methods of the String class to perform the same operations. The Find method of the RichTextBox
control performs all types of searches, and some of its options are not available with the IndexOf
method of the String class.
To invoke the Search & Replace dialog box, the code calls the Show method of the frmFind
form, as discussed in Chapter 6, via the following statement:
The Findmethod of the RichTextBox control allows you to performcase-sensitive or -insensitive
searches, as well as search for whole words only. These options are speci?ed through an argument
of the RichTextBoxFinds type. The SetSearchMode() function (see Listing 8.17) examines the set-
tings of the two check boxes at the bottom of the form and sets the Find method’s search mode.Petroutsos V1 c08.tex Page 301 01/28/2008 1:24pm
Figure 8.10
The Search & Replace
dialog box of the RTFPad
Listing 8.17: Setting the Search Options
Function SetSearchMode() As RichTextBoxFinds
Dim mode As RichTextBoxFinds =
If chkCase.Checked = True Then
mode = mode Or RichTextBoxFinds.MatchCase
End If
If chkWord.Checked = True Then
mode = mode Or RichTextBoxFinds.WholeWord
End If
Return mode
End Function
The Click event handlers of the Find and Find Next buttons call this function to retrieve the
constant that determines the type of search speci?ed by the user on the form. This value is then
passed to the Find method. Listing 8.18 shows the code behind the Find and Find Next buttons.
Listing 8.18: The Find and Find Next Commands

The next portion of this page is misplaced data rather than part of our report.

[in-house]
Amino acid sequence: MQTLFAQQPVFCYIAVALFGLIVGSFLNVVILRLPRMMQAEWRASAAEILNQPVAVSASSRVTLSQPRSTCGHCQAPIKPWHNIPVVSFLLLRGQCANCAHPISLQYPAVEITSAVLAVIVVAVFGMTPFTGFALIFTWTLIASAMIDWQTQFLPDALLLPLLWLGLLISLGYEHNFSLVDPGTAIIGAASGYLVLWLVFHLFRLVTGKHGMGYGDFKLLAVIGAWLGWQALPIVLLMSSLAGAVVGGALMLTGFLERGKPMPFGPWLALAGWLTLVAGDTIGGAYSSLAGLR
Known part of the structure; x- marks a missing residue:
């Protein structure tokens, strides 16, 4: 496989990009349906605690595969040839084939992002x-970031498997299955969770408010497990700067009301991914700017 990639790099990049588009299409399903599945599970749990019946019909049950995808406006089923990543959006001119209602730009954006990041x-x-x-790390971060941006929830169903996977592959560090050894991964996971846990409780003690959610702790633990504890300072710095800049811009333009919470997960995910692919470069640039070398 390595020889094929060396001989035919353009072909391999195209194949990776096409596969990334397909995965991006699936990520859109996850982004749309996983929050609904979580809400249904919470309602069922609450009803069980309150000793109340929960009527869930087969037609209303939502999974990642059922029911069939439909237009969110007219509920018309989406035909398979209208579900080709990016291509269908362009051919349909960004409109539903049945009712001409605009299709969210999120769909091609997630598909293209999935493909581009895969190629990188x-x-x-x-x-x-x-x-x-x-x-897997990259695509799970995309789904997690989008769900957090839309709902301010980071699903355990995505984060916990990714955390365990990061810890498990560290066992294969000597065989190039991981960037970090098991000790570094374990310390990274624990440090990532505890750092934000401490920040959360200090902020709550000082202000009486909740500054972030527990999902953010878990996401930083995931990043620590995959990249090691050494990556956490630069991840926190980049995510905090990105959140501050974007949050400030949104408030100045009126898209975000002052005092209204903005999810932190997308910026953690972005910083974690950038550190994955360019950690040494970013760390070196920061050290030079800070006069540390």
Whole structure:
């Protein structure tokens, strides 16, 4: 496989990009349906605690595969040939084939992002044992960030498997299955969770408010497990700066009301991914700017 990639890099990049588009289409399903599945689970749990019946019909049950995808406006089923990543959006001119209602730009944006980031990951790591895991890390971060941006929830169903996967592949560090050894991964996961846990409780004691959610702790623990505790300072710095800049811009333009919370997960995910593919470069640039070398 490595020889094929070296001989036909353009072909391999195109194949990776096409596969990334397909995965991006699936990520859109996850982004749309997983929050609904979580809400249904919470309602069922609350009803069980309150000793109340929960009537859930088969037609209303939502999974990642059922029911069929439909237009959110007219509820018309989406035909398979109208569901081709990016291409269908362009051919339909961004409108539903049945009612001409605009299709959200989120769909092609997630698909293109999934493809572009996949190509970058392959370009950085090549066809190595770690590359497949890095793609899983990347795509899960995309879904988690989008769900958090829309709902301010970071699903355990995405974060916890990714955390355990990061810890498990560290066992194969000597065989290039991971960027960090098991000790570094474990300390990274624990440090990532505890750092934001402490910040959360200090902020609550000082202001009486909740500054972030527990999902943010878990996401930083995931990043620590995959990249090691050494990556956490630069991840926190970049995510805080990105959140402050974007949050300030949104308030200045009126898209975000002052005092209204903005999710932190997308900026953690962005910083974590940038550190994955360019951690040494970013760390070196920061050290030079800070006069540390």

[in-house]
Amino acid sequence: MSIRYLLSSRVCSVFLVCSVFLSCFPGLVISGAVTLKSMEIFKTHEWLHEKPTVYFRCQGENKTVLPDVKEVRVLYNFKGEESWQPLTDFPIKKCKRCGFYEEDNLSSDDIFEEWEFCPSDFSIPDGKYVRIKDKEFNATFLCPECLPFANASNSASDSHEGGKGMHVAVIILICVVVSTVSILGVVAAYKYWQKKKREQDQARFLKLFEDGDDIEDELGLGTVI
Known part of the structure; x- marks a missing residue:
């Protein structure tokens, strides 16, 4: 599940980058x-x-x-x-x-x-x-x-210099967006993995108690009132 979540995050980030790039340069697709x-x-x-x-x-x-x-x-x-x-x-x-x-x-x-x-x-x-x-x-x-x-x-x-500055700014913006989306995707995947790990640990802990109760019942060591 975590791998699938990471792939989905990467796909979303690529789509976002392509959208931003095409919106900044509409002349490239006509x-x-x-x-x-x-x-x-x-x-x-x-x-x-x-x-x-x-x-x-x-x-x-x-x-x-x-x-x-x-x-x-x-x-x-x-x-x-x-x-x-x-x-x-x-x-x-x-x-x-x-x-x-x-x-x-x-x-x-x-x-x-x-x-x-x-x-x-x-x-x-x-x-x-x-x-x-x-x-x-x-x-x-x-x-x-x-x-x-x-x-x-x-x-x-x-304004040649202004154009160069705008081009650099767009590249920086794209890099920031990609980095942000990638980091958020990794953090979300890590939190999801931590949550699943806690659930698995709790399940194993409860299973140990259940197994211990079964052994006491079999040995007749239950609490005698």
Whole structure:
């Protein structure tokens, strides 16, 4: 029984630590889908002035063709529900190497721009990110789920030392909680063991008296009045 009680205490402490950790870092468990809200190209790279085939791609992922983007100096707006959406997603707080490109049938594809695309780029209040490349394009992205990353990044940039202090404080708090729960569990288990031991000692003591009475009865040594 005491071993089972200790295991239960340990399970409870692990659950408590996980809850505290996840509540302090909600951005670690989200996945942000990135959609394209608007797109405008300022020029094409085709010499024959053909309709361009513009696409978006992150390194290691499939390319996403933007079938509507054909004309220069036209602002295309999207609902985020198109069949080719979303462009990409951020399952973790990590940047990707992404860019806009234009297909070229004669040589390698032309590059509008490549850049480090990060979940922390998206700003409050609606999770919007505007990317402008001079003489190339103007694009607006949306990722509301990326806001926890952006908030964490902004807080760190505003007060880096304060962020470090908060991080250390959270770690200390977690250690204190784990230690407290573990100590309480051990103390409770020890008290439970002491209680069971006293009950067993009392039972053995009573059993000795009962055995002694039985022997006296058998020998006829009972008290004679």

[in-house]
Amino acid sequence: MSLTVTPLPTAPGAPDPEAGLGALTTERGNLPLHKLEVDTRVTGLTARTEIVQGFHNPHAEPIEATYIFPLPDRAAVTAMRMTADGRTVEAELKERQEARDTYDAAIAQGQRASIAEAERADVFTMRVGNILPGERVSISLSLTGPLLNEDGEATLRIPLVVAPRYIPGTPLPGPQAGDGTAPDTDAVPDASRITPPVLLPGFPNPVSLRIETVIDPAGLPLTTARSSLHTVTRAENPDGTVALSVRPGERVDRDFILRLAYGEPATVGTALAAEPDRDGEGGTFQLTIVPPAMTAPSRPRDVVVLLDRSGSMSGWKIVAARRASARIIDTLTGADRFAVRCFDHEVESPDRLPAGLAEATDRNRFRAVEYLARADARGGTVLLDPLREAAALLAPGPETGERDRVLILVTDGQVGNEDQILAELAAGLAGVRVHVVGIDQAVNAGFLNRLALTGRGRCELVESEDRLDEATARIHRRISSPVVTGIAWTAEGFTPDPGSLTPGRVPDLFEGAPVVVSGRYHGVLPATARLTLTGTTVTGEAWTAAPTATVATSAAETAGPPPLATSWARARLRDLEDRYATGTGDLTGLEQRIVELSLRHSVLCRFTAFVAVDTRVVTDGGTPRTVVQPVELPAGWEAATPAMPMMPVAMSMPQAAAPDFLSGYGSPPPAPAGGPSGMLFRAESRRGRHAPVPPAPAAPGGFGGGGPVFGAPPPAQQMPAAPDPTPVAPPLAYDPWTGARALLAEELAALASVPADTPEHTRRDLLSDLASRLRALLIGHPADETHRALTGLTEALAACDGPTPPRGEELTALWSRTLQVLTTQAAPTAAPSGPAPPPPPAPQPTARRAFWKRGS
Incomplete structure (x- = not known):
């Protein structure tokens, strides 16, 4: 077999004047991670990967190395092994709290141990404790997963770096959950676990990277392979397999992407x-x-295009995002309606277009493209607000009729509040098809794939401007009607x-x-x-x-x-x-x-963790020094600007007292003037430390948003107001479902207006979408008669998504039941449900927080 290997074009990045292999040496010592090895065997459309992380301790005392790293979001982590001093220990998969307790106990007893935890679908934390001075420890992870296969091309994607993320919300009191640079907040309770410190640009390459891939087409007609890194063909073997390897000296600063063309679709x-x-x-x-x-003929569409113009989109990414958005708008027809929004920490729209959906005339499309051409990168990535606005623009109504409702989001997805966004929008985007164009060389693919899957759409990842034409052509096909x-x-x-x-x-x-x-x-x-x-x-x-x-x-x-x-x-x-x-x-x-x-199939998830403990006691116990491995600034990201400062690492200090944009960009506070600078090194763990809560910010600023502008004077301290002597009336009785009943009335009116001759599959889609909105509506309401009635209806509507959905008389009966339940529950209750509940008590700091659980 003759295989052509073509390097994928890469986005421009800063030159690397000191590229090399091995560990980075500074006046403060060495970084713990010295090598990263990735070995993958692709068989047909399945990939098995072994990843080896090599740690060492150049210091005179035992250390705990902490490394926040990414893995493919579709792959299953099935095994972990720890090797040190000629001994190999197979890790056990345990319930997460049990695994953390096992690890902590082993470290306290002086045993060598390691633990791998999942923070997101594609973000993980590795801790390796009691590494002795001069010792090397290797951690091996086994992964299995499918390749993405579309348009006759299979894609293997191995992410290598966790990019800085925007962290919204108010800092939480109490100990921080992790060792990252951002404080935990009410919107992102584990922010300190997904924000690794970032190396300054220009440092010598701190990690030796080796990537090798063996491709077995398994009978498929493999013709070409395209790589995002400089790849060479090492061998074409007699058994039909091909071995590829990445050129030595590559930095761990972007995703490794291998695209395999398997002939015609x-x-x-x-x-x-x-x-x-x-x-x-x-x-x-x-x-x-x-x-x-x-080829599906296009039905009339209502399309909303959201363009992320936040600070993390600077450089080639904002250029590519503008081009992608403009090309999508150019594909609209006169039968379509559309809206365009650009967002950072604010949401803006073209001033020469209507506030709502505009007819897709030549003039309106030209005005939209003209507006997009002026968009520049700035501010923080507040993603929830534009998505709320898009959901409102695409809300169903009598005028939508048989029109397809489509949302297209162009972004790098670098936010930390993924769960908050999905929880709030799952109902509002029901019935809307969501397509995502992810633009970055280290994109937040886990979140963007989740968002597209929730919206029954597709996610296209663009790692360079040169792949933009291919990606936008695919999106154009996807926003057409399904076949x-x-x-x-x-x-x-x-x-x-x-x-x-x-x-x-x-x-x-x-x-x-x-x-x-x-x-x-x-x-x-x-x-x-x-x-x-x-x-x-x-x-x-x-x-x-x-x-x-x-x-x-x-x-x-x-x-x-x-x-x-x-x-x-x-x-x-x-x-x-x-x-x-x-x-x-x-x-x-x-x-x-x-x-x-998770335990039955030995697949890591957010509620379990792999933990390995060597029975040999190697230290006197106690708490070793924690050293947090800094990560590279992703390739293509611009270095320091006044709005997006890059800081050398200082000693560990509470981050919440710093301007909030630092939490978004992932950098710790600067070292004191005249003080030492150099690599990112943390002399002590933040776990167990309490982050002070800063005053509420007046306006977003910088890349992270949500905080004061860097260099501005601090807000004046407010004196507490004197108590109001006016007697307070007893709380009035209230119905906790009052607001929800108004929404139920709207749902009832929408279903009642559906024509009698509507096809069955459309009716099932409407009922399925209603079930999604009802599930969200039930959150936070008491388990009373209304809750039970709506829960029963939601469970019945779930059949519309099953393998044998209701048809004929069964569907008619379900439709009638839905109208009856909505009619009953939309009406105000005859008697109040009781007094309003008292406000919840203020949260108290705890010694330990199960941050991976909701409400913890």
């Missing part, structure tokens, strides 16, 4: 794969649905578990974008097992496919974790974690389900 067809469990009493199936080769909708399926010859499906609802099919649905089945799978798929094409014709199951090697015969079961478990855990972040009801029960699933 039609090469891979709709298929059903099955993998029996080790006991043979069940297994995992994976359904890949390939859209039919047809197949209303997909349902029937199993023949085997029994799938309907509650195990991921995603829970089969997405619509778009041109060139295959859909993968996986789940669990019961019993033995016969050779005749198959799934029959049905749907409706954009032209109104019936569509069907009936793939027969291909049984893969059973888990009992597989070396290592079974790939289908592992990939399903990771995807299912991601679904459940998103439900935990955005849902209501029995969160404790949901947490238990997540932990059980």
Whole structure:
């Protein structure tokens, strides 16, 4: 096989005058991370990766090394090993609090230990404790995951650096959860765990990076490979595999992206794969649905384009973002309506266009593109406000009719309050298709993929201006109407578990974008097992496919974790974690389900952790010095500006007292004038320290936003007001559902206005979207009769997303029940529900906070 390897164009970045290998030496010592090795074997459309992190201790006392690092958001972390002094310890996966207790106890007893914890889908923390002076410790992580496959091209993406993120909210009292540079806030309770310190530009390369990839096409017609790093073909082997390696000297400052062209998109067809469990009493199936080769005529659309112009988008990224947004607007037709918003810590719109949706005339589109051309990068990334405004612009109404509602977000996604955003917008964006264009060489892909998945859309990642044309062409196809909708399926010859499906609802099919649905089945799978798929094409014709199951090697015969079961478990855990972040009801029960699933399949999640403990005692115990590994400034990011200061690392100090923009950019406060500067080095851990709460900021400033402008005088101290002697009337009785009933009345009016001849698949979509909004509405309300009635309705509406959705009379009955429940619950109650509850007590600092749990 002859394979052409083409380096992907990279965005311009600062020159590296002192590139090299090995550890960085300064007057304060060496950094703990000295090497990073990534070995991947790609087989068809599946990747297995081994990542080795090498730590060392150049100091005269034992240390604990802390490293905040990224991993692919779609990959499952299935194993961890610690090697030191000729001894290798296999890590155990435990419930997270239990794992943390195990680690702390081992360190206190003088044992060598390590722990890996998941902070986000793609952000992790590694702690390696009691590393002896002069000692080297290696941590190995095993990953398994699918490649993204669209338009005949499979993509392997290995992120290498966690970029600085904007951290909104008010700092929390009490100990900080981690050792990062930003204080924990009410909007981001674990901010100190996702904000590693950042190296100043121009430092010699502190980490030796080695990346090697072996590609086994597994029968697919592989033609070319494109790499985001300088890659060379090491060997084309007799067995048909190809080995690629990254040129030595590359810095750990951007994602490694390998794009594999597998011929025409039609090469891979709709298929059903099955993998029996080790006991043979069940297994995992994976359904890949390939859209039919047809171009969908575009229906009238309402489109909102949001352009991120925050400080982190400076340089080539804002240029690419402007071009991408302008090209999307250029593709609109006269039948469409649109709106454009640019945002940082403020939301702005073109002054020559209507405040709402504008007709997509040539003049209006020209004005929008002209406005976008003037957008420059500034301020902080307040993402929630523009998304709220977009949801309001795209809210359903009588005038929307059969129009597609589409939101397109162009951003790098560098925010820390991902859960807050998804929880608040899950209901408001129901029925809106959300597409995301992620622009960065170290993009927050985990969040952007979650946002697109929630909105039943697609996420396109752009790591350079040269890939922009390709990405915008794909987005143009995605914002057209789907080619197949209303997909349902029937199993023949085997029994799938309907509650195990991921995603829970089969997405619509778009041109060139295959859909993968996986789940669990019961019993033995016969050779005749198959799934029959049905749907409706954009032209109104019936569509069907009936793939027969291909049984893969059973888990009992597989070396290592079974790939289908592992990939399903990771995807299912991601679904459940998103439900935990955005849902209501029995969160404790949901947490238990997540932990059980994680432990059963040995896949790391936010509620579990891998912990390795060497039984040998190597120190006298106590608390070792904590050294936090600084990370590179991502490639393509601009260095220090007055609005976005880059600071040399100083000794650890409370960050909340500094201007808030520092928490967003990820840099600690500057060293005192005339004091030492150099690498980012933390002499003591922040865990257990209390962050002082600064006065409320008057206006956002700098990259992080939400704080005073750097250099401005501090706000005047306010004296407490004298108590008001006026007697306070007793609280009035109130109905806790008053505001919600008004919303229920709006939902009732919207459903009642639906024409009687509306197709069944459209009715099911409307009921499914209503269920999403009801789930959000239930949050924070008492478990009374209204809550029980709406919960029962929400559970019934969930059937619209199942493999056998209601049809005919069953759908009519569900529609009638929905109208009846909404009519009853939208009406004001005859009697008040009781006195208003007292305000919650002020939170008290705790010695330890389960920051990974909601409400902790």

Private Sub bttnFind Click(...)
Handles bttnFind.Click
Dim wordAt As Integer
Dim srchMode As RichTextBoxFinds
srchMode = SetSearchMode()
wordAt = frmEditor.Editor.Find(
txtSearchWord.Text, 0, srchMode)
If wordAt = -1 Then
MsgBox(”Can’t find word”)
Exit SubPetroutsos V1 c08.tex Page 302 01/28/2008 1:24pm
End If
bttnFindNext.Enabled = True
bttnReplace.Enabled = True
bttnReplaceAll.Enabled = True
End Sub
Private Sub bttnFindNext Click(...)
Handles bttnFindNext.Click
Dim selStart As Integer
Dim srchMode As CompareMethod
srchMode = SetSearchMode()
selStart = frmEditor.Editor.Find(
frmEditor.Editor.SelectionStart + 2,
If selStart = -1 Then
MsgBox(”No more matches”)
Exit Sub
End If
selStart, txtSearchWord.Text.Length)
End Sub
Notice that both event handlers call the ScrollToCaret method to force the selected text to
become visible — should the Find method locate the desired string outside the visible segment
of the text.
The BottomLine
Use the OpenFileDialog and SaveFileDialog controls to prompt users for ?lenames.
Windows applications use certain controls to prompt users for common information, such as
?lenames, colors, and fonts. Visual Studio provides a set of controls, which are grouped in the
Dialogs section of the Toolbox. All common dialog controls provide a ShowDialog method,
which displays the corresponding dialog box in a modal way. The ShowDialog method returns
a value of the DialogResult type, which indicates how the dialog box was closed, and you
should examine this value before processing the data.
Master It Your application needs to open an existing ?le. How will you prompt users for
the ?le’s name?
Master It You’re developing an application that encrypts multiple ?les (or resizes many
images) in batch mode. How will you prompt the user for the ?les to be processed?
Use the ColorDialog and FontDialog controls to prompt users for colors and typefaces.
The Color and Font dialog boxes allow you to prompt users for a color value and a font,Petroutsos V1 c08.tex Page 303 01/28/2008 1:24pm